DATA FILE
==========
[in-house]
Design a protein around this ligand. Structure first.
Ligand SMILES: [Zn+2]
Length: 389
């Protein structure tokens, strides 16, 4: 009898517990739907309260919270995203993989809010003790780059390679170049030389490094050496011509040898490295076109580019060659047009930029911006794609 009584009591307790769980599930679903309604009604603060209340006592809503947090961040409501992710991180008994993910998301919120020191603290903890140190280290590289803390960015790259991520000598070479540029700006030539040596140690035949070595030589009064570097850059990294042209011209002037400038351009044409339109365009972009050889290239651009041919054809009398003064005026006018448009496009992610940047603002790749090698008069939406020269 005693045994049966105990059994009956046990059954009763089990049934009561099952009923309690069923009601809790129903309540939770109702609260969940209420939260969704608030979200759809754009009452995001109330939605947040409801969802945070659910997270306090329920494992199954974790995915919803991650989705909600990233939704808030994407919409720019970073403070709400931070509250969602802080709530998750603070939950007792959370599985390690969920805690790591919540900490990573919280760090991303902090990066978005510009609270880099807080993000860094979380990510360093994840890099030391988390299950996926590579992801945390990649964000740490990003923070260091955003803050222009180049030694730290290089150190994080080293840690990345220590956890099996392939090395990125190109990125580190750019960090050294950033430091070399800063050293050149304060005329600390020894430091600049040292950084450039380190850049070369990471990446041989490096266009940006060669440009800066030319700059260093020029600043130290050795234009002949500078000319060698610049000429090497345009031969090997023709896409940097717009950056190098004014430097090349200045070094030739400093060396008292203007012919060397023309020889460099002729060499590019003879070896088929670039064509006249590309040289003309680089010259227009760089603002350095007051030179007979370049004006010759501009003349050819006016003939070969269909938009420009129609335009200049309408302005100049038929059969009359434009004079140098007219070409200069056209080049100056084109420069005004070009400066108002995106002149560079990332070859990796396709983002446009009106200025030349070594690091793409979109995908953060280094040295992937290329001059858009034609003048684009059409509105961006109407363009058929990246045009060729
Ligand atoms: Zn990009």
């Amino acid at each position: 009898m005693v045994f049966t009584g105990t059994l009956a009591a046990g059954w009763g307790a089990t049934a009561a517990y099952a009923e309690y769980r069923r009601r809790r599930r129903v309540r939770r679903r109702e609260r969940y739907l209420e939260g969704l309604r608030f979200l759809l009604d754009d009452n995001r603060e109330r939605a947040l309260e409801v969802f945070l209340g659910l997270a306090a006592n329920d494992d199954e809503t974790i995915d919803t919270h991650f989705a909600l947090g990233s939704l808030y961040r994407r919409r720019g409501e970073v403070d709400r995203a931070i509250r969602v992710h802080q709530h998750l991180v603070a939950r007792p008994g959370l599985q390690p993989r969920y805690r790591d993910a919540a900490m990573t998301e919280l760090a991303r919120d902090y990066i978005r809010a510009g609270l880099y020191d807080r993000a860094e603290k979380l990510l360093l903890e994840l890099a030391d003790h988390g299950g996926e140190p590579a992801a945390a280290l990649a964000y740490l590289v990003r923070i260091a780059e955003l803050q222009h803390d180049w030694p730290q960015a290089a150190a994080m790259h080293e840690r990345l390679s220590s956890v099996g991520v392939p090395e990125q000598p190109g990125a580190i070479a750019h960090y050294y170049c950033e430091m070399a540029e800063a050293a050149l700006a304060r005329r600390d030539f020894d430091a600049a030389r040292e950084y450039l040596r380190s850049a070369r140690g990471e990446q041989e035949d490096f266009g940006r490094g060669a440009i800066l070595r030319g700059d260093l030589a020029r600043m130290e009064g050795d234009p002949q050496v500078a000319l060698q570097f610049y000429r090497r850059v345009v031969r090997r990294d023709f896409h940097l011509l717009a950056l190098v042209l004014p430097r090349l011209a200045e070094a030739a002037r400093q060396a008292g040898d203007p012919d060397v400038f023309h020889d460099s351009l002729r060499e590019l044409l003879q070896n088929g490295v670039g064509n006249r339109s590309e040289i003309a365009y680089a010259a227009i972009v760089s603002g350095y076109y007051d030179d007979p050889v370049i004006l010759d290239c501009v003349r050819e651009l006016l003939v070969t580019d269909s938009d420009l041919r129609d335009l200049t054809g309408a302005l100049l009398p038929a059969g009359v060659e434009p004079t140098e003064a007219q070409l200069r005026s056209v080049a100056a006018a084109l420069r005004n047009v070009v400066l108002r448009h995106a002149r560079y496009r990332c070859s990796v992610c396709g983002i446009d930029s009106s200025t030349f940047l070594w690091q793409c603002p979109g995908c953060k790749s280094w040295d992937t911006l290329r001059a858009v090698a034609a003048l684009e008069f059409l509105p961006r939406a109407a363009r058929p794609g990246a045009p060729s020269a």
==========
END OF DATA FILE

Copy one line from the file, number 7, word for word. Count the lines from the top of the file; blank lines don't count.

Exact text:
């Amino acid at each position: 009898m005693v045994f049966t009584g105990t059994l009956a009591a046990g059954w009763g307790a089990t049934a009561a517990y099952a009923e309690y769980r069923r009601r809790r599930r129903v309540r939770r679903r109702e609260r969940y739907l209420e939260g969704l309604r608030f979200l759809l009604d754009d009452n995001r603060e109330r939605a947040l309260e409801v969802f945070l209340g659910l997270a306090a006592n329920d494992d199954e809503t974790i995915d919803t919270h991650f989705a909600l947090g990233s939704l808030y961040r994407r919409r720019g409501e970073v403070d709400r995203a931070i509250r969602v992710h802080q709530h998750l991180v603070a939950r007792p008994g959370l599985q390690p993989r969920y805690r790591d993910a919540a900490m990573t998301e919280l760090a991303r919120d902090y990066i978005r809010a510009g609270l880099y020191d807080r993000a860094e603290k979380l990510l360093l903890e994840l890099a030391d003790h988390g299950g996926e140190p590579a992801a945390a280290l990649a964000y740490l590289v990003r923070i260091a780059e955003l803050q222009h803390d180049w030694p730290q960015a290089a150190a994080m790259h080293e840690r990345l390679s220590s956890v099996g991520v392939p090395e990125q000598p190109g990125a580190i070479a750019h960090y050294y170049c950033e430091m070399a540029e800063a050293a050149l700006a304060r005329r600390d030539f020894d430091a600049a030389r040292e950084y450039l040596r380190s850049a070369r140690g990471e990446q041989e035949d490096f266009g940006r490094g060669a440009i800066l070595r030319g700059d260093l030589a020029r600043m130290e009064g050795d234009p002949q050496v500078a000319l060698q570097f610049y000429r090497r850059v345009v031969r090997r990294d023709f896409h940097l011509l717009a950056l190098v042209l004014p430097r090349l011209a200045e070094a030739a002037r400093q060396a008292g040898d203007p012919d060397v400038f023309h020889d460099s351009l002729r060499e590019l044409l003879q070896n088929g490295v670039g064509n006249r339109s590309e040289i003309a365009y680089a010259a227009i972009v760089s603002g350095y076109y007051d030179d007979p050889v370049i004006l010759d290239c501009v003349r050819e651009l006016l003939v070969t580019d269909s938009d420009l041919r129609d335009l200049t054809g309408a302005l100049l009398p038929a059969g009359v060659e434009p004079t140098e003064a007219q070409l200069r005026s056209v080049a100056a006018a084109l420069r005004n047009v070009v400066l108002r448009h995106a002149r560079y496009r990332c070859s990796v992610c396709g983002i446009d930029s009106s200025t030349f940047l070594w690091q793409c603002p979109g995908c953060k790749s280094w040295d992937t911006l290329r001059a858009v090698a034609a003048l684009e008069f059409l509105p961006r939406a109407a363009r058929p794609g990246a045009p060729s020269a």